SEOUL, South Korea — World leaders weighed in Monday on the death of North Korean leader Kim Jong Il, with many expressing wary optimism that a new leader in the secretive regime provides an opportunity for a fresh diplomatic start.
(PHOTO: State television from the North Korean capital of Pyongyang has announced the death of Chairman Kim Jong Il. He was 69. In this file photo from 2000, North Korean leader Kim Jong Il speaks during the three-day summit.)
Kim, 69, reportedly died Saturday of a heart attack, the state-run media confirmed Monday. The “Dear Leader’s” youngest son, Kim Jong Un, has been handpicked to succeed his late father, but analysts predict that the smooth transfer of power depends on whether the younger Kim is accepted by the nation’s vaunted million-man army.
The White House on Monday released a statement saying it is monitoring the situation and is prepared to stand behind its allies in the region, South Korea and Japan.
Britain Foreign Secretary William Hague sounded a more hopeful note, saying that “this could be a turning point for North Korea.”
“We hope that their new leadership will recognize that engagement with the international community offers the best prospect of improving the lives of ordinary North Korean people,” Hague said in a statement. “We encourage North Korea to work for peace and security in the region and take the steps necessary to allow the resumption of the six-party talks on denuclearization of the Korean peninsula.”
Meanwhile, South Korea put its military on “high alert” as President Lee Myung-bak huddled with his national security council Monday. Lee later instructed South Korean citizens to “go about their business,” pledging their safety in the face of any unprovoked attacks.
Late Monday, the north reportedly fired a short range missile toward South Korea, but there were no reports of injuries.
In Tokyo, Japanese Prime Minister Yoshihiko Noda held an emergency national security-council meeting. He “instructed us to be best prepared in case of any unexpected development” Chief Cabinet Secretary Osamu Fujimura told journalists in Tokyo.
Fujimura said Japan hoped Kim’s death would not affect the region adversely. “First of all we hope that this sudden development would not give adverse impact on the peace and stability of the Korean Peninsula,” he said.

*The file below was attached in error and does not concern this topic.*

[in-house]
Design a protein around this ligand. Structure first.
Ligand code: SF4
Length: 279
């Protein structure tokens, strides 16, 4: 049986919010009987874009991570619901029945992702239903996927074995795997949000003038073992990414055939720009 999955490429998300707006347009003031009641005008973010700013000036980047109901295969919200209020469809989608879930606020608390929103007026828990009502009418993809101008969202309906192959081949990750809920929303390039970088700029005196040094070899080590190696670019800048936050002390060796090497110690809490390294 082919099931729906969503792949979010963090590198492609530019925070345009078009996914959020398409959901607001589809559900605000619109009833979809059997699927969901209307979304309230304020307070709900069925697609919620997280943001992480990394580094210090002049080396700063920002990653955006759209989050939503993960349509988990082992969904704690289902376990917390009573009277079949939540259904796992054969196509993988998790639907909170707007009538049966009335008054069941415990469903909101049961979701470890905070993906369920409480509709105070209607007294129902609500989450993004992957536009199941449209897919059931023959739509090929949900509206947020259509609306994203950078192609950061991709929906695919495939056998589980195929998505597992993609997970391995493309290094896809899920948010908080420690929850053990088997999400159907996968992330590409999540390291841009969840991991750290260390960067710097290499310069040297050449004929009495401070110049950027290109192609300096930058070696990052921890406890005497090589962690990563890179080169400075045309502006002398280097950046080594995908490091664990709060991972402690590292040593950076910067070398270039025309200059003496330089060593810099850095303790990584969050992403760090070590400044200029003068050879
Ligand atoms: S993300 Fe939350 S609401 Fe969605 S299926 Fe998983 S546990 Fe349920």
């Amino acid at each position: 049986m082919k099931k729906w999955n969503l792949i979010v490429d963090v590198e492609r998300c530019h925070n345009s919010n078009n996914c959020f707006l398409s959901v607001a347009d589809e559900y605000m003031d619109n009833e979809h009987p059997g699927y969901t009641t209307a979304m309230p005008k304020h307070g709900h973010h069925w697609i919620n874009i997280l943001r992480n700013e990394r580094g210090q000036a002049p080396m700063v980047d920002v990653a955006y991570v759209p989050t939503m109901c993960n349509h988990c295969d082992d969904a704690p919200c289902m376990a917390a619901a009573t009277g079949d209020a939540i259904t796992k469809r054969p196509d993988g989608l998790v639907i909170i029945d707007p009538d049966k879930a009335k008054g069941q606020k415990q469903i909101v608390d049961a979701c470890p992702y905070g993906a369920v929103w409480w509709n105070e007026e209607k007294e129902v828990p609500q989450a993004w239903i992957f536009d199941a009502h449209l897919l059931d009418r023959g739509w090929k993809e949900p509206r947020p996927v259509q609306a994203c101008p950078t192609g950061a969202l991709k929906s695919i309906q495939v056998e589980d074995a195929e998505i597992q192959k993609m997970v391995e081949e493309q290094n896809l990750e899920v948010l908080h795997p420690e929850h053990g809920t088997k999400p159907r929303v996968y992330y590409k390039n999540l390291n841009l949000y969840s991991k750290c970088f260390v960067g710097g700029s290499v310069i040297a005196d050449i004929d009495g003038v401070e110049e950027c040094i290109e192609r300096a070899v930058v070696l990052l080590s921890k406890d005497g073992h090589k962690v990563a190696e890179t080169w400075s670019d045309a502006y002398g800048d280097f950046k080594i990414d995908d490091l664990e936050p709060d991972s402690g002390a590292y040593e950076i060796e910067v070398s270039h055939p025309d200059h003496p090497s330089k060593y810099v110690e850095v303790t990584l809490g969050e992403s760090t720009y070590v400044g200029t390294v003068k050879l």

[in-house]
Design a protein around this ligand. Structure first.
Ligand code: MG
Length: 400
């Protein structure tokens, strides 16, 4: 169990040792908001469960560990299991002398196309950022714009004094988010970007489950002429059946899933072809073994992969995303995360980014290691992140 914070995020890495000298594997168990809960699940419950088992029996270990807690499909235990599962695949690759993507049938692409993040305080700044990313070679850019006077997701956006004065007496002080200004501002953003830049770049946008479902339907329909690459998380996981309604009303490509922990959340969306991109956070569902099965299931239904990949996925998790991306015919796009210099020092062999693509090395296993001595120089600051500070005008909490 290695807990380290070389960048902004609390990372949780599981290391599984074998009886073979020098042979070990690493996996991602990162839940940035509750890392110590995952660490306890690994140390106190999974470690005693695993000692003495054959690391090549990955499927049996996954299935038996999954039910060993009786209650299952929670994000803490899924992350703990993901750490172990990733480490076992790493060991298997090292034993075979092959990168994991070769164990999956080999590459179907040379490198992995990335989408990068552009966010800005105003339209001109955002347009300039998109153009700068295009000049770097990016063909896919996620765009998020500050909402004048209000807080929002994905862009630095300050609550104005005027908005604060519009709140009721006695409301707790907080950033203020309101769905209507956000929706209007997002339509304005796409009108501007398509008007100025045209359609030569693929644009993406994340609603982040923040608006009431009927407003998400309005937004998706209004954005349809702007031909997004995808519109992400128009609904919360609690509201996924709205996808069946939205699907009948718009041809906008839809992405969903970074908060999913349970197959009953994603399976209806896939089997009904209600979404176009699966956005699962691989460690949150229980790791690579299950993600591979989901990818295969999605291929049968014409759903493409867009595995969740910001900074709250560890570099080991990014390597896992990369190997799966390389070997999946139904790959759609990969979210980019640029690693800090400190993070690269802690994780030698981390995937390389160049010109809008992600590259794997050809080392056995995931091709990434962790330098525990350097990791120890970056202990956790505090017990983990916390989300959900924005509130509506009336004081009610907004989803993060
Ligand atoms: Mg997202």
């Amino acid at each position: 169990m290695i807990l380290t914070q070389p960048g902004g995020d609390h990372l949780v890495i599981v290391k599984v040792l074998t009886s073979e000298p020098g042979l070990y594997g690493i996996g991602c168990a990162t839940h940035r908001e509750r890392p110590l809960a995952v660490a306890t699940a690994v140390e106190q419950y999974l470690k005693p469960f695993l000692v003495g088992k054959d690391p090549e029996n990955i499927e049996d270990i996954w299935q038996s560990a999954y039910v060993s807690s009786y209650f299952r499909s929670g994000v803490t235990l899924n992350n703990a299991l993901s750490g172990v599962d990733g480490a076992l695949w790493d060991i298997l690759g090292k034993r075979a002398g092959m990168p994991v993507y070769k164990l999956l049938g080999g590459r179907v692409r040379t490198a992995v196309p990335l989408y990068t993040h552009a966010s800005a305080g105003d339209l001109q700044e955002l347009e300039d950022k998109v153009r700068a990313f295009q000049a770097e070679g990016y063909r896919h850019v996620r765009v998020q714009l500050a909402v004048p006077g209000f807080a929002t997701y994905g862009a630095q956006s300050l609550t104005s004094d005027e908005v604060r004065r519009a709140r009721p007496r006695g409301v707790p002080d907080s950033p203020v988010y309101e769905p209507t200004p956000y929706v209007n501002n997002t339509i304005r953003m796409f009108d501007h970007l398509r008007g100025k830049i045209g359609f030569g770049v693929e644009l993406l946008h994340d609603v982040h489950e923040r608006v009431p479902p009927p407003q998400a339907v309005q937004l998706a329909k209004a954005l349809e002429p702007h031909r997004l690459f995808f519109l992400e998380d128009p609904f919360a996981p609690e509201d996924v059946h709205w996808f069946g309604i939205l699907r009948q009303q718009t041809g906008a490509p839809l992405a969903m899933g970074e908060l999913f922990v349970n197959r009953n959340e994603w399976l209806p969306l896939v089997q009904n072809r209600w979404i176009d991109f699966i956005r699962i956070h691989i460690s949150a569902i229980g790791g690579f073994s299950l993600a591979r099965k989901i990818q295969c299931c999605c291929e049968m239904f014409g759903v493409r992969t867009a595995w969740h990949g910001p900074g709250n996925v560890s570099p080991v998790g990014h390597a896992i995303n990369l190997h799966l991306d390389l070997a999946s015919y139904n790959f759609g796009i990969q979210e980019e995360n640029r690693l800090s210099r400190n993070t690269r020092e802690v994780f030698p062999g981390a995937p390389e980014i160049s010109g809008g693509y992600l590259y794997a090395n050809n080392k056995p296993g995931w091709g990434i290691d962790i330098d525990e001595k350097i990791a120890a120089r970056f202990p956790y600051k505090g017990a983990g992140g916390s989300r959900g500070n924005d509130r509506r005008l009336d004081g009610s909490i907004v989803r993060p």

Australia’s Foreign Minister Kevin Rudd said Kim’s death brings the situation to “one of those critical junctures” and “an exceptionally difficult period of transition.”
“It is critical that everybody exercises appropriate calm and restraint in what is an important development in terms of the overall stability of the region and the security of us all,” Rudd told reporters.
“This presents an opportunity for the North Korean regime, the new leadership of the new regime, to engage fully with the international community on the critical questions of how to feed their people, how to open their economy and, more broadly, how to deal with the long-standing problem of North Korea’s nuclear weapons.”
In China, North Korea’s longtime ally, Foreign Ministry spokesman Ma Zhaoxu called Kim a “great leader” and said China believes the North Korean people will “turn their grief into strength, unite as one, and continue to advance the cause of North Korean socialism.”
However, he stressed that Beijing would make “active contributions to peace and stability on the Korean peninsula and in this region.”
Ly added, “There will definitely be change, good and positive change. North Korea will work more closely with the global community toward the peace and stability of the Korean Peninsula.”
But most nations are taking a wait-and-see attitude.
“The death of a dictator is always a period of uncertainty for a dictatorship,” Swedish Foreign Minister Carl Bildt posted on Twitter. “And North Korea is the hardest dictatorship in our time.”